Rapturous

April 05th, 2018
Rapturous
Warrawong Sanctuary has several new additions to the team including peregrine falcon Marvel and full time Warrawong2U coordinator Luke Flesher.

Marvel was brought down from Queensland to Warrawong after being rescued and Luke has taken her under his wing.

“Marvel was found injured in a field and would have died if she wasn't taken in,” Luke said.

“She had a broken wing and now her left wing sticks out which means she doesn't have the agility to be able to hunt.”

Luke was an ex pat from Adelaide working as a tour guide in a Queensland rainforest retreat when he heard about the momentum that Warrawong had been gaining and began looking at moving back home.

“I had an idea for a bird show and I was going to bring some raptors down from Queensland but they weren't quite ready for that yet,” he said.

“I felt a strong attraction to Adelaide and through a Facebook message they offered me a job.”

Luke said his background in marketing before pursuing a specialisation in birds of prey has helped him with work at Warrawong.

“Half of the role is generating business at the moment,” he said.

“We also have to come up with catchy names for all the animals, and somehow a lot of them have ended up with names from Harry Potter, so then we had the idea of a magical experience themed birthday party.”

The idea of the mobile sanctuary Warrawong2U is to take the animals out into the community and rekindle community connections to Warrawong.

Owner David Cobbold said Warrawong already is important to the area.

“We call it the people's sanctuary because it means so much to so many people – whether you had your school camp or your wedding here – everyone has a Warrawong story.”

The mobile sanctuary has a diverse group of animals according to David.

“We have a few dozen of what we call ambassador animals,” he said.

“They include everything from spiny leaf insects to a swamp wallaby to an albino carpet python; there's something for everyone.”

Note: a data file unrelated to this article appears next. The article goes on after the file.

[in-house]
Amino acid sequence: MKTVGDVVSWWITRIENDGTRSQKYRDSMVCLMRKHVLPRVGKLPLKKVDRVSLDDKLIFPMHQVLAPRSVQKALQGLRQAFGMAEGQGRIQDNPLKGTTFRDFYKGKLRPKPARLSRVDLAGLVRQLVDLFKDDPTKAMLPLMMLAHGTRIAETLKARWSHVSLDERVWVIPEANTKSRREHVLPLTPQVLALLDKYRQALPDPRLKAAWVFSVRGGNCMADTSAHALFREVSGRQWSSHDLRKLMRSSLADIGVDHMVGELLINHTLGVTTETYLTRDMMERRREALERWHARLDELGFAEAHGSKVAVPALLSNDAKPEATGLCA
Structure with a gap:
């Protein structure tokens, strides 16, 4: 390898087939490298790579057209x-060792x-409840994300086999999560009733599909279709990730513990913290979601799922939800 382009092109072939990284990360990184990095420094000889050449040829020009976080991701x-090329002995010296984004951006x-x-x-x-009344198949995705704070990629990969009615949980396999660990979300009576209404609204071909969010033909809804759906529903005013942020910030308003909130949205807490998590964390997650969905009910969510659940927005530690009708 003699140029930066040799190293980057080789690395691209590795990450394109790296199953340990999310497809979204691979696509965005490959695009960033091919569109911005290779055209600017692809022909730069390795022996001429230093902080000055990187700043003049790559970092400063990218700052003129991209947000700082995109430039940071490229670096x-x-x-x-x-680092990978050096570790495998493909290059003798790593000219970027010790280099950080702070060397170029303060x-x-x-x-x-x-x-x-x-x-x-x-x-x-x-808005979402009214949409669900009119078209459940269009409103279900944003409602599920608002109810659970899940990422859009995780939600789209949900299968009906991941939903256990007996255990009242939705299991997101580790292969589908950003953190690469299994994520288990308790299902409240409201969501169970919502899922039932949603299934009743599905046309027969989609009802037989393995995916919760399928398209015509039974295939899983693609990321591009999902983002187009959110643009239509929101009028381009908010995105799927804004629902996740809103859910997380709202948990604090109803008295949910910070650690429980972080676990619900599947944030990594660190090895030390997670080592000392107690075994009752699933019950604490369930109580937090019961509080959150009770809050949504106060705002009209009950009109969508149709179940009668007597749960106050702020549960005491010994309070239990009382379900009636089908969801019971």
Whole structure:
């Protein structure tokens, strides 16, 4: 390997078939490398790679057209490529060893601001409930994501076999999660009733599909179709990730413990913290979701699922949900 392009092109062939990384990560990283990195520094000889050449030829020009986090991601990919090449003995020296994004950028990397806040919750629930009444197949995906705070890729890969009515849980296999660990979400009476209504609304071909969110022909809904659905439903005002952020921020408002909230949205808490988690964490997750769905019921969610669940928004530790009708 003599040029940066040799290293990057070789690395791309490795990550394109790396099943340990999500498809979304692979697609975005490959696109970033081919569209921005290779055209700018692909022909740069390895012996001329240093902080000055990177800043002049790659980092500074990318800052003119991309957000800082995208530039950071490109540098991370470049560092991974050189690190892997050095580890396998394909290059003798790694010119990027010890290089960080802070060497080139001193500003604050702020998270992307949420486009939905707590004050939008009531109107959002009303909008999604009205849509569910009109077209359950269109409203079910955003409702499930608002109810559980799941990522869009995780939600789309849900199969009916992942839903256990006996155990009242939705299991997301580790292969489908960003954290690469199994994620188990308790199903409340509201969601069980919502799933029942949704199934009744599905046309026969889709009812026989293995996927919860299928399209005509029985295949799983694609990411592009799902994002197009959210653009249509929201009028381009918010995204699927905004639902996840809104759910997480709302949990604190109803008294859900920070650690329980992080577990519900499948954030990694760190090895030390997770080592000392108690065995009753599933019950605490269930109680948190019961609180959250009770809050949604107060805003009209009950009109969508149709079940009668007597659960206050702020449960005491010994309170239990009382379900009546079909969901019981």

Luke said the program has been successful in reconnecting people to Warrawong with the
group presentations.

“It's starting to get really busy,” he said.

“It's growing so well that we're hiring casual presenters.

“Hearing people's stories is really amazing – the sanctuary is important to people.

“The program is part of a three stage business plan because at the moment we can't take any people into the sanctuary so we're taking the animals out, then we'll start up school camps again, then open to the public.”

The sanctuary has recently introduced a dozen Rufous bettongs, one of which already has a joey, and some Kangaroo Island kangaroos from Cleland.

Warrawong is also extremely fortunate to still have a population of platypus which are breeding.

David said the new animals are part of the rejuvenation of the property since he and his wife Narelle purchased it last year.

“We own Peel Zoo in WA and we were talking with our head keeper and vet who are from Adelaide and they mentioned they both had their school camps at Warrawong,” he said.

“We had a look at the ad online and flew over here for an inspection and fell in love.”

“We're doing everything from restocking and renovating to replenishing the waterways for the ecosystem.”

Luke said the transformation of the sanctuary is already noticeable.

“The sanctuary is starting to feel more alive,” he said.

“The animals are becoming more comfortable with people and we see them more.”

The sanctuary's history is important to David because of the work founder Dr John Wamsley did for conservation.

“It's an iconic property; it was the birthplace of the feral proof fence and revolutionised conservation in Australia.”

“It kept out introduced predators and created a place where native animals could flourish.

“It's an honour to have the rejuvenation in our hands.”

However the Warrawong owners do have new plans for the sanctuary with more of a commercial focus.

“We are of the opinion that conservation should be able to stand on its own two feet, it can't be about relying on grants and donations,” David said.

“It should be about jobs and careers.

“With this election and all the talk about jobs in South Australia, Warrawong is going to create jobs to prevent people moving interstate and to get people moving back, like we did with Luke.”

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